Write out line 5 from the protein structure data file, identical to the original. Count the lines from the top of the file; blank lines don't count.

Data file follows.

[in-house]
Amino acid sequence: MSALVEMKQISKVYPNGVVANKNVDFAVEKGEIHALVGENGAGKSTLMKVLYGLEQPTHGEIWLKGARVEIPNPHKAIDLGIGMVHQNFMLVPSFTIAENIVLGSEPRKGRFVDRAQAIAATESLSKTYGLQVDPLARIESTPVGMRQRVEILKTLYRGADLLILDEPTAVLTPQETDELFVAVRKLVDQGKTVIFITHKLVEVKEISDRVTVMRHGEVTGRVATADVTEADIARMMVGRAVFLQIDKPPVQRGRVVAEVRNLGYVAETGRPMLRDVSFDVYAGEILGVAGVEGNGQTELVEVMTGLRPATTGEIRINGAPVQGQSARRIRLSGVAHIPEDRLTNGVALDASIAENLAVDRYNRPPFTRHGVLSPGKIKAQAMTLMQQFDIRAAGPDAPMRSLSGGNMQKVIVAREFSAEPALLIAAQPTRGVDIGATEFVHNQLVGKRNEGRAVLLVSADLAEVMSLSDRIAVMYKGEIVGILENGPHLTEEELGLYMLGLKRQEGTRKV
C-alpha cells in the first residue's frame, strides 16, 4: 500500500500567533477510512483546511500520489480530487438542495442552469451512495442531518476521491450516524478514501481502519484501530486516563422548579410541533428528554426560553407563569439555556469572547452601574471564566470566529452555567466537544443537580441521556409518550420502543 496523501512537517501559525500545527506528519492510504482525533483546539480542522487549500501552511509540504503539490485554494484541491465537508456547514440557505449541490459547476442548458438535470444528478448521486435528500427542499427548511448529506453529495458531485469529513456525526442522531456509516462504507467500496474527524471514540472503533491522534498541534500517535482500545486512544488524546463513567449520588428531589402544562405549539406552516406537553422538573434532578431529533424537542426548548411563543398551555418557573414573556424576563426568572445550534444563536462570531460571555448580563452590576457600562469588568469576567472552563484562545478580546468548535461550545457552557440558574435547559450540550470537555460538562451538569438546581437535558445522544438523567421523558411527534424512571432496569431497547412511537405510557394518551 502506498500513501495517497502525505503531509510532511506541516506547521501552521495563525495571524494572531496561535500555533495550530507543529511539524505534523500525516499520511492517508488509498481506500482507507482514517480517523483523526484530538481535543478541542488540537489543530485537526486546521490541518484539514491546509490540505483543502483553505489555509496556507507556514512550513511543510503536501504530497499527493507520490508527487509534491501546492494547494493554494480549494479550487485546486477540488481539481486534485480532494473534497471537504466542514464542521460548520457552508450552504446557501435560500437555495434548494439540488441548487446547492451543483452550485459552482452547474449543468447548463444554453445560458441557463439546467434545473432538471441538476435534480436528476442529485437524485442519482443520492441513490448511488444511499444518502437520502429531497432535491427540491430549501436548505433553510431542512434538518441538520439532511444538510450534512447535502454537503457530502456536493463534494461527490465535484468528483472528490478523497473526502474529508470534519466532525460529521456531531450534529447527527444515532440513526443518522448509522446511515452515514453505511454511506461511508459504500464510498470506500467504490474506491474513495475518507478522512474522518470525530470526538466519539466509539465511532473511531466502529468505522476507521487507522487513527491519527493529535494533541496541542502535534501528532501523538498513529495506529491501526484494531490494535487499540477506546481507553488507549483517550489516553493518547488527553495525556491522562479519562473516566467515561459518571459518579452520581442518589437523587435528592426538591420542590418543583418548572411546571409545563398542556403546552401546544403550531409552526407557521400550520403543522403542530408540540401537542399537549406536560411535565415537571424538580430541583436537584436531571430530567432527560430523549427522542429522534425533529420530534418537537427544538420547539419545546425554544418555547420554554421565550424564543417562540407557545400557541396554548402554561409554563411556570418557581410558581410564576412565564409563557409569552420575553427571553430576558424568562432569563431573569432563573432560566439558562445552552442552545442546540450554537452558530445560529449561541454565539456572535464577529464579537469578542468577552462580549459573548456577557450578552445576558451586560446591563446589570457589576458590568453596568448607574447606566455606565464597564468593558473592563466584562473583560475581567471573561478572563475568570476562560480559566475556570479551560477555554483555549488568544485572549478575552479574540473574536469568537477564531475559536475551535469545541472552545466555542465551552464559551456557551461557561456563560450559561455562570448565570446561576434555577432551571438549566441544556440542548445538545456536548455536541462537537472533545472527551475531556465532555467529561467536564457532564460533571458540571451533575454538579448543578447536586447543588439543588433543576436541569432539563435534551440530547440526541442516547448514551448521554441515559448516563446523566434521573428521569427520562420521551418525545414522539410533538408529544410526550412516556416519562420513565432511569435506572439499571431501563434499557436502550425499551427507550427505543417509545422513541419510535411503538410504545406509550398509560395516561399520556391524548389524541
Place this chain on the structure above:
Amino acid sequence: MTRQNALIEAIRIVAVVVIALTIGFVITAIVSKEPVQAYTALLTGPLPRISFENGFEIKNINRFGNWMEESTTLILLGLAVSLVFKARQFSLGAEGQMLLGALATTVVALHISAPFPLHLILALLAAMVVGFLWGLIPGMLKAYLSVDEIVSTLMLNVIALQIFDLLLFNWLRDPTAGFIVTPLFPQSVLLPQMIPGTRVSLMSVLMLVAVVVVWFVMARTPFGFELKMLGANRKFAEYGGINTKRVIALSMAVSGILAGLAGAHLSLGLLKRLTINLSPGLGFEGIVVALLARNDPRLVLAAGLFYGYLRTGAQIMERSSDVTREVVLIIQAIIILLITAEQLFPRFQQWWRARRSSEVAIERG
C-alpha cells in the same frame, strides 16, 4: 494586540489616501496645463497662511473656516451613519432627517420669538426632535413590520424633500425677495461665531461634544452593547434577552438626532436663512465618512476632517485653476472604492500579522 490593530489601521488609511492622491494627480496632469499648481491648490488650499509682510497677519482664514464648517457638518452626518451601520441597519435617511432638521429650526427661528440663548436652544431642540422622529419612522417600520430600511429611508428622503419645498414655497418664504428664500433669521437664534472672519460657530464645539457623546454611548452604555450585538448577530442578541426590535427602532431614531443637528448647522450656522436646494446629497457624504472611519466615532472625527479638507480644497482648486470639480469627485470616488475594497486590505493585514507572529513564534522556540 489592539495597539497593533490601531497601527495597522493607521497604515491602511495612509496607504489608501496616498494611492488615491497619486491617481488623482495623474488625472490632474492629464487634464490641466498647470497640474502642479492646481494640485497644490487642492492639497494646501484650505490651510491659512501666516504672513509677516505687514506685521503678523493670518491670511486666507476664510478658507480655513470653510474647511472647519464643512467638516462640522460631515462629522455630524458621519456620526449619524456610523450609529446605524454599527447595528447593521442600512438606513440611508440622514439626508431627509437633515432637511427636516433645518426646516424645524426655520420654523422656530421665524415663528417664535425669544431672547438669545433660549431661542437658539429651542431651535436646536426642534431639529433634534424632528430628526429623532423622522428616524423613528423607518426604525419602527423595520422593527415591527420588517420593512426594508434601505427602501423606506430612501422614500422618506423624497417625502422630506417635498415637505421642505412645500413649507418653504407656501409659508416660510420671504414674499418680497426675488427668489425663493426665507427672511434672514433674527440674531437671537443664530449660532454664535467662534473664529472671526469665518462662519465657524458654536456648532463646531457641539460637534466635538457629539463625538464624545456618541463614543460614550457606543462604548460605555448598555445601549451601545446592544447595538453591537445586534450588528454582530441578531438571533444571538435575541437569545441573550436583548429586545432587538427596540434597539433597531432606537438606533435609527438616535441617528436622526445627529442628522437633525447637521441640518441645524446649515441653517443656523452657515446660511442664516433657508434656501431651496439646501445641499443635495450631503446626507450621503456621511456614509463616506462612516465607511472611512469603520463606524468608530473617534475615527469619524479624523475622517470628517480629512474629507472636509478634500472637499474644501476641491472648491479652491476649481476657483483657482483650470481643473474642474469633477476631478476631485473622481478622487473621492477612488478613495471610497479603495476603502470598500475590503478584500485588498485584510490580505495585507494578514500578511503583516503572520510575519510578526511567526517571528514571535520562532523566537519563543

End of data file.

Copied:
Amino acid sequence: MTRQNALIEAIRIVAVVVIALTIGFVITAIVSKEPVQAYTALLTGPLPRISFENGFEIKNINRFGNWMEESTTLILLGLAVSLVFKARQFSLGAEGQMLLGALATTVVALHISAPFPLHLILALLAAMVVGFLWGLIPGMLKAYLSVDEIVSTLMLNVIALQIFDLLLFNWLRDPTAGFIVTPLFPQSVLLPQMIPGTRVSLMSVLMLVAVVVVWFVMARTPFGFELKMLGANRKFAEYGGINTKRVIALSMAVSGILAGLAGAHLSLGLLKRLTINLSPGLGFEGIVVALLARNDPRLVLAAGLFYGYLRTGAQIMERSSDVTREVVLIIQAIIILLITAEQLFPRFQQWWRARRSSEVAIERG